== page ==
Italian Rapier Combat (Kindle)
Capo Ferro's 'Grand Simulacro'
Featuring more than 40 beautiful illustrations, this stunning work presents one of the world’s most influential fencing treatises. Ridolfo Capo Ferro was a legend in his own lifetime. His intricate instructions were emulated throughout a Europe bewitched by this grace and style and are a window into his mastery of swordsmanship.
This updated edition includes a new introduction and a revised glossary with many technical terms now translated. Additionally, a modernised translation makes it easier for the reader to understand Capo Ferro's intention.
Capo Ferro begins by examining the rapier in detail – its component parts and their suitability – before discussing the actual use. He details the timing and distance needed to control your adversary, while looking at defensive aspects such as the guards, parries and the importance of quick footwork. He also covers using the rapier with auxiliary weapons such as the dagger, cloak and shield.
Presented by fencing master Jared Kirby, this handsome volume is a vital historical record and essential reading for any historical swordfighter, student of martial arts or military historian.
It was really interesting to see what an early instruction manual looked like, how they attempted to show dynamic techniques in the static pictures, and the wide variety of fencing styles (fencing with sword and shield! fencing with sword and dagger! fencing with sword and cape!). On the whole a short and interesting read.NetGalley, Geoff Urland
It's a neat piece of history and an esteemed primary source, so if you're researching rapier combat for a paper, historical reenactment, or historical fiction writing purposes, this is a great resource to find those extra tidbits you won't see in the Three Musketeers or The Princess Bride.NetGalley, Patricia J
Recommended for history research and generally curious minds.
Rating: 5 out of 5 starsNetGalley, Annie Buchanan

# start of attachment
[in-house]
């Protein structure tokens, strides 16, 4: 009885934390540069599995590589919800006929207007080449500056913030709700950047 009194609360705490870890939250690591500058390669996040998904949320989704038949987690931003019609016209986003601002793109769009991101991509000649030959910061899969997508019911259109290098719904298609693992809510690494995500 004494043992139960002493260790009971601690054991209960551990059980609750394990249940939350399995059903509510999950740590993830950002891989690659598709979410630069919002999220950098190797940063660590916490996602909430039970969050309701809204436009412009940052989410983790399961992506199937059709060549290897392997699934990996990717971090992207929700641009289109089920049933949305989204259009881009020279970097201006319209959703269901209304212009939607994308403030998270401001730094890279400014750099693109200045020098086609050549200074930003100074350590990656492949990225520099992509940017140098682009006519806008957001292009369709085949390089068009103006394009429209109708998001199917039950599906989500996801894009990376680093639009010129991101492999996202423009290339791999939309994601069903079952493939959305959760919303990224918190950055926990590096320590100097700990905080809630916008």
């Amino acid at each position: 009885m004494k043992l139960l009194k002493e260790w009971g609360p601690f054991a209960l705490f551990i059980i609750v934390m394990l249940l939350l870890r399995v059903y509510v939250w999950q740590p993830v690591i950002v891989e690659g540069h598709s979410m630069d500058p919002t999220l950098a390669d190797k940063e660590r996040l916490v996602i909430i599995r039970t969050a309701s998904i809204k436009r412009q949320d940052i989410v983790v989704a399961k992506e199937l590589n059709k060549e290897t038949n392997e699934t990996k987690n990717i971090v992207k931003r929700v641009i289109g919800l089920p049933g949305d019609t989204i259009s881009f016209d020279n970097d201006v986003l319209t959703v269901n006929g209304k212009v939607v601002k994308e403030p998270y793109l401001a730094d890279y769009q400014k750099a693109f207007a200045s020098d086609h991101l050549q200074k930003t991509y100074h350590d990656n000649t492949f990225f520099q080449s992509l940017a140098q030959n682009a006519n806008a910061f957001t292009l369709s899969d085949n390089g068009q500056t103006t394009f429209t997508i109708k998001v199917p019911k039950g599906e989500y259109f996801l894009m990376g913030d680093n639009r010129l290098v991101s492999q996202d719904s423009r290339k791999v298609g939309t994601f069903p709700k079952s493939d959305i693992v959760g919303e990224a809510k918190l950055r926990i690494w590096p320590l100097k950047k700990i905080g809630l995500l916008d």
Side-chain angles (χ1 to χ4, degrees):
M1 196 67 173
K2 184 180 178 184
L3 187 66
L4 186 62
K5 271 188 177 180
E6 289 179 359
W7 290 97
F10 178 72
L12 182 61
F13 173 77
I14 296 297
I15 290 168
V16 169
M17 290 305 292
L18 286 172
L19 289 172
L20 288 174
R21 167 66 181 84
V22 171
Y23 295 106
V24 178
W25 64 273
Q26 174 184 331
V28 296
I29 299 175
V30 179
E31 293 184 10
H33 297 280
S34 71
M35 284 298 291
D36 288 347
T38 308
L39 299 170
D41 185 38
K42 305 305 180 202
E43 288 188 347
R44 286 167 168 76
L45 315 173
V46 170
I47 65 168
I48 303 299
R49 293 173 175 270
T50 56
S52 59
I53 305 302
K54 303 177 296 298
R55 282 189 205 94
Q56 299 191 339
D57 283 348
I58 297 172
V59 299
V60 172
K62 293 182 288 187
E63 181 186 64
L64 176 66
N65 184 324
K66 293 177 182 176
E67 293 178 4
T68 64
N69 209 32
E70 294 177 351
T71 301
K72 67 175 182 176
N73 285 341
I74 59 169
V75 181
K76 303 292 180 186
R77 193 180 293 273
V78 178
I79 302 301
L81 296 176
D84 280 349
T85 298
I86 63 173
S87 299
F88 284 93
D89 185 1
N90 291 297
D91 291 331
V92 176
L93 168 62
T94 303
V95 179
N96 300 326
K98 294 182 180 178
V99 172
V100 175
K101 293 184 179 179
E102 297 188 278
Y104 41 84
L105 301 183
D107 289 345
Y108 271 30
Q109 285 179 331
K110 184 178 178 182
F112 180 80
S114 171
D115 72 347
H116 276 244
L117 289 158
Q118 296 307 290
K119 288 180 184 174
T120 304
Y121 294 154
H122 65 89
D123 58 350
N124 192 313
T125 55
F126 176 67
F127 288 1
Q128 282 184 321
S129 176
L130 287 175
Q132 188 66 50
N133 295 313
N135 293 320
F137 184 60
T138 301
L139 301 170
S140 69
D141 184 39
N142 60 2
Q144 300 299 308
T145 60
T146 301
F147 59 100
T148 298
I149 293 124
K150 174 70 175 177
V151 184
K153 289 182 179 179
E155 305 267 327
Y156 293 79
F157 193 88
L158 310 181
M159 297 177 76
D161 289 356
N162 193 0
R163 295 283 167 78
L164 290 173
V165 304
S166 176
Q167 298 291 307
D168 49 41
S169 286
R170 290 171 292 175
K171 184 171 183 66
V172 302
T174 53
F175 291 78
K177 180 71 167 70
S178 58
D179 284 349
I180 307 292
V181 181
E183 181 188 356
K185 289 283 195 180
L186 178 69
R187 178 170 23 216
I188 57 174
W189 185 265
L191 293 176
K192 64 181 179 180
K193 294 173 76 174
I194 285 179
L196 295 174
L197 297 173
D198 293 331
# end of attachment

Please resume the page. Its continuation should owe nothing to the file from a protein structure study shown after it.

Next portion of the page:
Written more than 400 years ago, this is still a famous and classic work dedicated to the Italian rapier. The language has been updated to more modern vernacular and includes an updated glossary. The book includes a table of contents, but no index. The first part of the work covers general concepts, glossary, positions, and theory. The second part, containing the plates (see cover), show two dueling gentlemen in various stages of nudity, presumably to better show anatomy. Many of the plates are quite gruesome with rapiers & daggers sticking out of various body parts.
I feel quite certain that the book's value lies more in the historical importance, and unlike many modern treatises, will have limited practical use for actually *learning* rapier fencing to any meaningful degree. I was most fascinated by the facsimile plates showing the illustrations and bookplates from the original 1610 edition.
This would be a good selection for library acquisition, historical re-enactors (SCA and similar), and readers interested in historical armed combat. Many such extant Renaissance manuscripts have value also for costumers and historians, but the illustrations in this volume show nude or semi-nude combatants, so that isn't really applicable here. It might be of some interest for calligraphers and artists, but I would recommend looking at the content first, since the text makes up the largest portion.
Five stars for the historical value. Quite gruesome content, so sensitive readers should be aware of that and proceed accordingly.
Originally written and published in 1610 by Ridolfo Caro Ferro, a new edition with an introduction and glossary came out in 2004. This later version forms the basis of this edition and has a new introduction and a revised glossary. Also the language has been modernised in this new edition to make it more accessible.NetGalley, Wyn Lewis
Ridolfo Caro Ferro’s book is considered to be the definitive work on the Italian rapier. The language is very evocative of the time it was written, but is concise and much more modern and vivid than you’d expect. Ridolfo sets out a statement of intent early on in the text - “There is nothing in the world that Nature…regards with greater foresight and more diligence than the preservation of self.” The aim of fencing, he writes, is the “defence of oneself” and that defence is its main aim. He begins with the basics and describes the various different parts of the rapier’s blade, the necessary positions of parts of the body and the finer points of striking. One section is entitled “Methods that one must hold against a brutal man” which sounds almost casually terrifying but Ridolfo’s advice is reassuring.
The original illustrative plates presented in the book show the anatomy of a rapier duel with two semi-naked 17th century Italian gentlemen squaring off. The pictures gradually become quite brutal.
I know nothing about fencing but the nobility of the art-form comes across vividly though Ridolfo’s writing. The translation is skilful and sympathetic to the intent of the original text. This may be ancient knowledge but it’s not in any way outdated and this book is still held in high regard to this day, and this beautiful edition is the most definitive version available.